Note: This is especially true of mutations of large effect. Think of a delicate machine, like a radio or a computer. Al large mutation is equivalent to kick it with a hobnailed boot, or cutting a wire at random and reconnecting it in a different place. It just might improve its performance, but it is not very likely. A small mutation, on the other hand, is equivalent to making a tiny adjustment to, say, one resistor, or to the tuning knob of a radio. The smaller the mutation, the more closely the probability of improvement approaches 50 per cent. [p. 352]
In a typical mature forest, the canopy can be thought of as an aerial meadow, just like a rolling grassland prairie, but raised on stilts. The canopy is gathering solar energy at much the same rate as a grassland prairie would. But a substantial proportion of the energy is ‘wasted’ by being fed straight into the stilts, which do nothing more useful than loft the ‘meadow’ high in the air, where it picks up exactly the same harvest of photons as it would – at far lower cost – if it were laid flat on the ground.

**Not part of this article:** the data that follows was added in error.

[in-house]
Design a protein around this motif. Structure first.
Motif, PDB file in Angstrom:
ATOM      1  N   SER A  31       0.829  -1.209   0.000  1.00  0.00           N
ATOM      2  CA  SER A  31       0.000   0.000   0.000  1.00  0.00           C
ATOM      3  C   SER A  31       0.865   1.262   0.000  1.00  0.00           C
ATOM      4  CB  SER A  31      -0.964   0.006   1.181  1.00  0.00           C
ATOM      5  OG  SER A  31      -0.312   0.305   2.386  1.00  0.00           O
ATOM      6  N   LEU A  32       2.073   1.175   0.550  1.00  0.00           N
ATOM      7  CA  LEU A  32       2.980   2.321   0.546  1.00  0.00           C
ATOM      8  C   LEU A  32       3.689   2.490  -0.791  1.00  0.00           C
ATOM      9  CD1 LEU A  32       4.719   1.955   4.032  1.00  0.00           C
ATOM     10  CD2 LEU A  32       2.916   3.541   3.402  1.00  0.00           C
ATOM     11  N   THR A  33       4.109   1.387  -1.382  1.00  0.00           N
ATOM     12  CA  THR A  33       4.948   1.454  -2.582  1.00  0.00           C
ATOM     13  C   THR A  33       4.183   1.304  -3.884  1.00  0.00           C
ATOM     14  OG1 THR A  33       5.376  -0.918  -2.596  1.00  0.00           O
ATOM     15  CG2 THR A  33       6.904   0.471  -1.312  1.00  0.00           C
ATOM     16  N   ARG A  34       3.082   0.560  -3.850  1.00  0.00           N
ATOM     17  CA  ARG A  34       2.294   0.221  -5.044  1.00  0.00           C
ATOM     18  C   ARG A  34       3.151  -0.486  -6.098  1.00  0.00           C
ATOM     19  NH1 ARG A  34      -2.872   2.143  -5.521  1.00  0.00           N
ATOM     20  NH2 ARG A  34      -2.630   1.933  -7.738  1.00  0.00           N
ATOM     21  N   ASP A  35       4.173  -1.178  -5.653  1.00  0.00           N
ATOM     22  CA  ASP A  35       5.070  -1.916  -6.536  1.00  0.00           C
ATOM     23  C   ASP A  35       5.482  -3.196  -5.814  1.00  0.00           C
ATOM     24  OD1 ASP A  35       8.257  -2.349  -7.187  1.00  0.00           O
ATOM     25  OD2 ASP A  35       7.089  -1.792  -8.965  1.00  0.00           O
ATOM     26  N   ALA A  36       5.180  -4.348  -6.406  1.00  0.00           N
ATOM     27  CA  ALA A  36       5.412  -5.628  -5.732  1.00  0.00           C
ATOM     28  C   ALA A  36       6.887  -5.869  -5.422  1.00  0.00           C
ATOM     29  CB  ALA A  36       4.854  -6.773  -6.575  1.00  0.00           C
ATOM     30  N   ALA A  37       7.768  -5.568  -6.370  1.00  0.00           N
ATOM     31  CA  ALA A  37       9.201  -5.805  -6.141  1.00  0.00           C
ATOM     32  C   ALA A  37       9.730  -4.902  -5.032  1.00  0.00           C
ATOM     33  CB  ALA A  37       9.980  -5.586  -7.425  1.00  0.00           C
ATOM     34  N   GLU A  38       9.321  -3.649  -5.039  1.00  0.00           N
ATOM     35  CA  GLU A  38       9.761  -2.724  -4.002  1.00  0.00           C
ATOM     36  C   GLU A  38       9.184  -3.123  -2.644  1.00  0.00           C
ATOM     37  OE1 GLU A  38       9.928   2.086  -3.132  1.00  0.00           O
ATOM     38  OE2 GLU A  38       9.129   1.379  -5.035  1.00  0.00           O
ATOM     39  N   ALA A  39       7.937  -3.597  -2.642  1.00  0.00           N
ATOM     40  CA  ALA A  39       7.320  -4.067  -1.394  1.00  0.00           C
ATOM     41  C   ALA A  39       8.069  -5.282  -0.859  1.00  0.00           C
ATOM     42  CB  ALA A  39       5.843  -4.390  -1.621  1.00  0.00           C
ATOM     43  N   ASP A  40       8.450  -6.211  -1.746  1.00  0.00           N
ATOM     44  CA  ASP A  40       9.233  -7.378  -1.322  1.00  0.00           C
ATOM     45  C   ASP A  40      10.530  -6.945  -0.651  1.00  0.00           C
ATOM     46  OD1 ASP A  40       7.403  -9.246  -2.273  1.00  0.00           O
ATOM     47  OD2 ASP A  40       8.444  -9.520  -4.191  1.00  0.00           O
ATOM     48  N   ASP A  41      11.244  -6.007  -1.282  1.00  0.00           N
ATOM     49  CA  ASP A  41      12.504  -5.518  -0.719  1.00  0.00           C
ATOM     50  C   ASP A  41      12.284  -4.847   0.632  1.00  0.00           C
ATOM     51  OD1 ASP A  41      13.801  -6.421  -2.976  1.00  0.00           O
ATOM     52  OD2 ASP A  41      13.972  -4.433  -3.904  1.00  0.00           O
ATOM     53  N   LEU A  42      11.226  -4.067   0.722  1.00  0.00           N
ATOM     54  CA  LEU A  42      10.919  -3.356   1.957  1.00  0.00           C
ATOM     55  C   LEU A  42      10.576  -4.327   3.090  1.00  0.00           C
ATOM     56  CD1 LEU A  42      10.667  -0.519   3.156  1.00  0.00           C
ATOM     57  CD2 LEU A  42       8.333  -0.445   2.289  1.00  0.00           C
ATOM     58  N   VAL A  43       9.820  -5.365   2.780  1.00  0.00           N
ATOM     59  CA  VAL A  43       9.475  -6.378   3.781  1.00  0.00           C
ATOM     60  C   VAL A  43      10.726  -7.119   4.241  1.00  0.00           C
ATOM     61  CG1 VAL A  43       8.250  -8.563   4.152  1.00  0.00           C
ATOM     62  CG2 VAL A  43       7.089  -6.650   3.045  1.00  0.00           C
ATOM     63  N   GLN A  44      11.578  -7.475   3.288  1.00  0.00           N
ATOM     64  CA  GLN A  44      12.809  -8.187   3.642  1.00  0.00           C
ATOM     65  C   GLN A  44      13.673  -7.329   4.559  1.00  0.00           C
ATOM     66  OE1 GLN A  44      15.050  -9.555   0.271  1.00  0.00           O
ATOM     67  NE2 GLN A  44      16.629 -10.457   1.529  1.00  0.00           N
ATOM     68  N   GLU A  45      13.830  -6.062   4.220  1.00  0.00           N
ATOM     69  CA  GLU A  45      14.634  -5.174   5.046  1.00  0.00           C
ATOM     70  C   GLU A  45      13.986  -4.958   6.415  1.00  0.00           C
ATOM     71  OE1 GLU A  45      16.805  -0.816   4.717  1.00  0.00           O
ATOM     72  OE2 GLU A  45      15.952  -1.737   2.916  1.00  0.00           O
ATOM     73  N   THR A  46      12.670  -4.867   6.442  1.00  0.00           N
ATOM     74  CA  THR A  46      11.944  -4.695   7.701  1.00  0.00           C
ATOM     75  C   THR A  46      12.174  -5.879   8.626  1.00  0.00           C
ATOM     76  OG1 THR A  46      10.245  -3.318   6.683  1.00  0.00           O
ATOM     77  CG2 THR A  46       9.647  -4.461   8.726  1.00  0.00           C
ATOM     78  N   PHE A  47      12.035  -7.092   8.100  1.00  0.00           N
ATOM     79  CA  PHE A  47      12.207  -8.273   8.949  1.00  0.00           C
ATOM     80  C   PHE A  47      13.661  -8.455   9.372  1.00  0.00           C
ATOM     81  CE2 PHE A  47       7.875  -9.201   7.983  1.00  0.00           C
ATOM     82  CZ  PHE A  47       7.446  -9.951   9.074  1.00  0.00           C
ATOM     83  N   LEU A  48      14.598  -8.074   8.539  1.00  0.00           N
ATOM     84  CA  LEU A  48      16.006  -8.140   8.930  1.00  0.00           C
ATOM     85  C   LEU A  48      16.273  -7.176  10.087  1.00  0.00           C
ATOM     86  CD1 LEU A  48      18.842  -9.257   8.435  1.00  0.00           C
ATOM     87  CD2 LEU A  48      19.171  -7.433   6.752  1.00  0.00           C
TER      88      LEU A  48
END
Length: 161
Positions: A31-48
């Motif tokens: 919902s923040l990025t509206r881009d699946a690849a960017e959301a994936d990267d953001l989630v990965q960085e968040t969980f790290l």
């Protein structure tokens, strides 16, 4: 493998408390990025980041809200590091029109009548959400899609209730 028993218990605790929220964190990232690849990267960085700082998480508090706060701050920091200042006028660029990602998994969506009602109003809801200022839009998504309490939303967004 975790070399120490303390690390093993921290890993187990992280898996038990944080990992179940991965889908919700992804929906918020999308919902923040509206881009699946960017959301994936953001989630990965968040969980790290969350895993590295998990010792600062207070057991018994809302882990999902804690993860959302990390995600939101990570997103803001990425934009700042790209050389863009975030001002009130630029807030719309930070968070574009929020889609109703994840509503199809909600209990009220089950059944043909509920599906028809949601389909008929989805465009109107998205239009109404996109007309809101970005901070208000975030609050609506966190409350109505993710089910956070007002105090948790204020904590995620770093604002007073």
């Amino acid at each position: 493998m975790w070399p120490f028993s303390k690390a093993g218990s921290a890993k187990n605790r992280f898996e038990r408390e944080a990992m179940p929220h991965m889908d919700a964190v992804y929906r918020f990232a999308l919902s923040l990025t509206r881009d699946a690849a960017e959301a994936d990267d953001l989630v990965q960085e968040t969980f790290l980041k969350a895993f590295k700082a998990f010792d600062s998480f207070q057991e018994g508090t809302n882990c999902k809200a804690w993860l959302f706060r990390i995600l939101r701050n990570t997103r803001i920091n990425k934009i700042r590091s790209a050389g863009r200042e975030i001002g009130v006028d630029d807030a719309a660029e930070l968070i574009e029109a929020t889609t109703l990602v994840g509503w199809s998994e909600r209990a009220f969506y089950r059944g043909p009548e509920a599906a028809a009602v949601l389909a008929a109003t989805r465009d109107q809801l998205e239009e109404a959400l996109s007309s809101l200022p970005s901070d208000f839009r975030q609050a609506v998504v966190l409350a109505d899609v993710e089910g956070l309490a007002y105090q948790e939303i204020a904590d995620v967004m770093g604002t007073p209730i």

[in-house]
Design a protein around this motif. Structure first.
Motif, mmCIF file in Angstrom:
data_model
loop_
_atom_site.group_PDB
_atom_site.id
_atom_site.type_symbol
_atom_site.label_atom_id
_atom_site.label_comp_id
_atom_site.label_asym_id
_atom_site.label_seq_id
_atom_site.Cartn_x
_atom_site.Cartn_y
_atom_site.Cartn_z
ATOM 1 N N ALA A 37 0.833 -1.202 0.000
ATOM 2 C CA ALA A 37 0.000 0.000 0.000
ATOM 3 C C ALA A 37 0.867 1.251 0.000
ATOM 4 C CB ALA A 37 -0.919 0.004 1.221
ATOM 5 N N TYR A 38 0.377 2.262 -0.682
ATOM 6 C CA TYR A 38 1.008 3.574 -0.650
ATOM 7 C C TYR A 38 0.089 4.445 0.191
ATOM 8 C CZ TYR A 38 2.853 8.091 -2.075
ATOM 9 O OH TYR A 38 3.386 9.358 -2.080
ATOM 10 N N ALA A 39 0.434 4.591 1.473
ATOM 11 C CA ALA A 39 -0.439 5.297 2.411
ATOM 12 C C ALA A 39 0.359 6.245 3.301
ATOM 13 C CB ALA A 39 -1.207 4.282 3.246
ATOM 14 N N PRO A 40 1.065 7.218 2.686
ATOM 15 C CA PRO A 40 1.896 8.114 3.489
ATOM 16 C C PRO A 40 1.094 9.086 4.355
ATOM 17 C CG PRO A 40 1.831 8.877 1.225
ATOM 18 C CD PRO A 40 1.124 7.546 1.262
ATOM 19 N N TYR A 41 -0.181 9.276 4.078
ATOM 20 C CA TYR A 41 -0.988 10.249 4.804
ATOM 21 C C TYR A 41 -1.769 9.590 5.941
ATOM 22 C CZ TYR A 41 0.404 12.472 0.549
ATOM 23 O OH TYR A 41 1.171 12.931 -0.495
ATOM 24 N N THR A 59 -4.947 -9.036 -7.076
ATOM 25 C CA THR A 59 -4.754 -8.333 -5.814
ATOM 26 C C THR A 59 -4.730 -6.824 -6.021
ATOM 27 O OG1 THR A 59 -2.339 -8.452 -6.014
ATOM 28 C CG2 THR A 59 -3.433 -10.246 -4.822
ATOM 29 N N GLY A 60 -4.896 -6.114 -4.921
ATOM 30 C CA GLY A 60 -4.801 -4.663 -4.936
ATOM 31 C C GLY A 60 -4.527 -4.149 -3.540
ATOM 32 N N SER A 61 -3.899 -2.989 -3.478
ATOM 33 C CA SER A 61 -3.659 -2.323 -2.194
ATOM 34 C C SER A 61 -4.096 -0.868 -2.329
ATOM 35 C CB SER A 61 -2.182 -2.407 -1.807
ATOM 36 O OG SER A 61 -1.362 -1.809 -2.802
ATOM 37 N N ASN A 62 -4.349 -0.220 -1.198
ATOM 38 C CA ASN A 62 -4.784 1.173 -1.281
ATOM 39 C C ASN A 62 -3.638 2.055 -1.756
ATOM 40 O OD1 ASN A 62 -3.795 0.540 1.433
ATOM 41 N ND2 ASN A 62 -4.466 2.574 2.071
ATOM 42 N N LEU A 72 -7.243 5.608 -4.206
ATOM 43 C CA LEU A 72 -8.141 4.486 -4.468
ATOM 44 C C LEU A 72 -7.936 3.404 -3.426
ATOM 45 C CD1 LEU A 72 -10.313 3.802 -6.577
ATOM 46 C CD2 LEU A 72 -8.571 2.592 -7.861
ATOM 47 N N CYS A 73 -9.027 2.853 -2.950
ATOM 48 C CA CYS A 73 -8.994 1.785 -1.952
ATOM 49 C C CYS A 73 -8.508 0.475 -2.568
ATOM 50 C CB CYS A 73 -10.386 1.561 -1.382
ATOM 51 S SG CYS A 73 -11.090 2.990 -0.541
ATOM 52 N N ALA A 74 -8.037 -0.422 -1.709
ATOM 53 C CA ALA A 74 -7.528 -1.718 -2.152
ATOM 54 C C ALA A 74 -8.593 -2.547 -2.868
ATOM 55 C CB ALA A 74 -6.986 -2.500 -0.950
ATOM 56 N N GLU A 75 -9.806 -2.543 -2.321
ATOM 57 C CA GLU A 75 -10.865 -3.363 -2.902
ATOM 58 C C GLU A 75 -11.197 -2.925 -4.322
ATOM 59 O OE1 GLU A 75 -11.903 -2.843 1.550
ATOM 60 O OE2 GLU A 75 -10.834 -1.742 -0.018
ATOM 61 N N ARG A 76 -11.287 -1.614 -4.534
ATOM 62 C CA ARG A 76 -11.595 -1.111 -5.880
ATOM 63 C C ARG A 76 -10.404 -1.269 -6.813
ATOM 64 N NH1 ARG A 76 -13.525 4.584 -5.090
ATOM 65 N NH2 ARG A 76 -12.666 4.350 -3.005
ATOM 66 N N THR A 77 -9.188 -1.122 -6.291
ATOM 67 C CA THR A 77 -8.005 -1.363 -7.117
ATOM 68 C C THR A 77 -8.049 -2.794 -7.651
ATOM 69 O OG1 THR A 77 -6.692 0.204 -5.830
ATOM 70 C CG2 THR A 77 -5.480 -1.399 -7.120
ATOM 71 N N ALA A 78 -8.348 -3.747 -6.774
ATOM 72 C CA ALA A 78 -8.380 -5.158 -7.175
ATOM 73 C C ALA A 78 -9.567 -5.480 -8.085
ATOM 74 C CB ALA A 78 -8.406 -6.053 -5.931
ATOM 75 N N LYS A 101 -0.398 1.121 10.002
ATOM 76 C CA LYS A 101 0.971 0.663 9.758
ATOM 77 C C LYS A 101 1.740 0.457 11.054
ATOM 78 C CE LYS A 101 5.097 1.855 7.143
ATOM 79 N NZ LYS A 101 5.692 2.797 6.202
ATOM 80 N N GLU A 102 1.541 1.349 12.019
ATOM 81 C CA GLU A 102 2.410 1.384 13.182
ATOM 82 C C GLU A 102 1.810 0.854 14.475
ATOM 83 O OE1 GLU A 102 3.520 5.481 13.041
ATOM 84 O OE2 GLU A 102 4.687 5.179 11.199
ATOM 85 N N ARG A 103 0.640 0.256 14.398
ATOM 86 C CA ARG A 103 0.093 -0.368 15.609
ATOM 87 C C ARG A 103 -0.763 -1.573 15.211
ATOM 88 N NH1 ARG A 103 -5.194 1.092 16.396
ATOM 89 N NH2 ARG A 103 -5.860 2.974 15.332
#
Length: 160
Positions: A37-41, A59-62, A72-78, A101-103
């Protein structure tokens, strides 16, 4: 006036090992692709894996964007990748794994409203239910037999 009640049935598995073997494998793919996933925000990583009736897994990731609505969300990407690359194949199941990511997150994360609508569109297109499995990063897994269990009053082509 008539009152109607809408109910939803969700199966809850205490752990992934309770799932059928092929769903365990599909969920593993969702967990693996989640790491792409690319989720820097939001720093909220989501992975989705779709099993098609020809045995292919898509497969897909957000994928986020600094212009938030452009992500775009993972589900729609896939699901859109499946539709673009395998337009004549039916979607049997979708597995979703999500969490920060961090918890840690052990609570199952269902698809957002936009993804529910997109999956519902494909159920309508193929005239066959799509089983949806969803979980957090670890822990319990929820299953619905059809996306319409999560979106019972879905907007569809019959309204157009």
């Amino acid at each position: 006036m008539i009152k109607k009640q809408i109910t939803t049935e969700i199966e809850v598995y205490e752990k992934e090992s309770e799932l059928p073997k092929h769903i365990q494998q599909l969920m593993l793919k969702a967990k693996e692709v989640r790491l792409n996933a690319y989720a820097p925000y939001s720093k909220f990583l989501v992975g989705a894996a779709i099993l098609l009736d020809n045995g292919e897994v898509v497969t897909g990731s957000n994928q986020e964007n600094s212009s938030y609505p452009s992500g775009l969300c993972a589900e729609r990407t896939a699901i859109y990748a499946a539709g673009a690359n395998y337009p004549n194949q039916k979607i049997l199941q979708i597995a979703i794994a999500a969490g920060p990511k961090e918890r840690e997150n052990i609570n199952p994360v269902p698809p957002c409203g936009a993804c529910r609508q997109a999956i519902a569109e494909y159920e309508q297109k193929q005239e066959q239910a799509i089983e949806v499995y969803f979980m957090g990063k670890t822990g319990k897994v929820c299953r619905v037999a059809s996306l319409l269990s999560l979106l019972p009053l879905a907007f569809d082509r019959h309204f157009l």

And this brings us face to face with the difference between a designed economy and an evolutionary economy. in a designed economy there would be no trees, or certainly no very tall trees: no forest, no canopy. Trees are a waste. Trees are extravagant. Tree trunks are standing monuments to futile competition – futile if we think in terms of a planned economy. But the natural economy is not planned. Individual plants compete with other plants, of the same and other species, and the result is that they grow taller and taller, far taller than any planner would recommend. Not indefinitely taller, however. There comes a point when growing another foot taller, although it confers a competitive advantage, costs so much that the individual tree doing it actually ends up worse off than its rivals that forgo the extra foot. It is the balance of costs and benefits to the individal trees that finally determines the height to which trees are press to grow, not the benefits that a rational planner could calculate for the trees as a group. And of course the balance ends up at a different maximum in different forests. The Pacific Coast redwoods (see them before you die) have probably never been exceeded.